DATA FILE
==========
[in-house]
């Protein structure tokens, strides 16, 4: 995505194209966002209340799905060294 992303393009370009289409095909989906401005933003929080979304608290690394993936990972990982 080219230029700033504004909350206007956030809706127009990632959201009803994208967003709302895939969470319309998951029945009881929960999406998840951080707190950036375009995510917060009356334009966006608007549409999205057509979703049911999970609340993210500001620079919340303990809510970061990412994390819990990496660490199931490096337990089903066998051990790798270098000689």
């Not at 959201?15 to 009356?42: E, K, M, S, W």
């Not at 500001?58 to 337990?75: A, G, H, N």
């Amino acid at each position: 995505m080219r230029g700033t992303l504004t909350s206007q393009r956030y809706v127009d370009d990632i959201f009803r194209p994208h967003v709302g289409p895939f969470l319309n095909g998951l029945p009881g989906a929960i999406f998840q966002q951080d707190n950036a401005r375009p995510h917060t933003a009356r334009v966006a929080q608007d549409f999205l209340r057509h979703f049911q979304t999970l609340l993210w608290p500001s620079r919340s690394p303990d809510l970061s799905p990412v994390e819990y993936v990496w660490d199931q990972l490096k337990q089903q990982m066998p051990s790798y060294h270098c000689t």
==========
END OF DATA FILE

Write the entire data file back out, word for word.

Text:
[in-house]
């Protein structure tokens, strides 16, 4: 995505194209966002209340799905060294 992303393009370009289409095909989906401005933003929080979304608290690394993936990972990982 080219230029700033504004909350206007956030809706127009990632959201009803994208967003709302895939969470319309998951029945009881929960999406998840951080707190950036375009995510917060009356334009966006608007549409999205057509979703049911999970609340993210500001620079919340303990809510970061990412994390819990990496660490199931490096337990089903066998051990790798270098000689």
């Not at 959201?15 to 009356?42: E, K, M, S, W």
């Not at 500001?58 to 337990?75: A, G, H, N």
């Amino acid at each position: 995505m080219r230029g700033t992303l504004t909350s206007q393009r956030y809706v127009d370009d990632i959201f009803r194209p994208h967003v709302g289409p895939f969470l319309n095909g998951l029945p009881g989906a929960i999406f998840q966002q951080d707190n950036a401005r375009p995510h917060t933003a009356r334009v966006a929080q608007d549409f999205l209340r057509h979703f049911q979304t999970l609340l993210w608290p500001s620079r919340s690394p303990d809510l970061s799905p990412v994390e819990y993936v990496w660490d199931q990972l490096k337990q089903q990982m066998p051990s790798y060294h270098c000689t």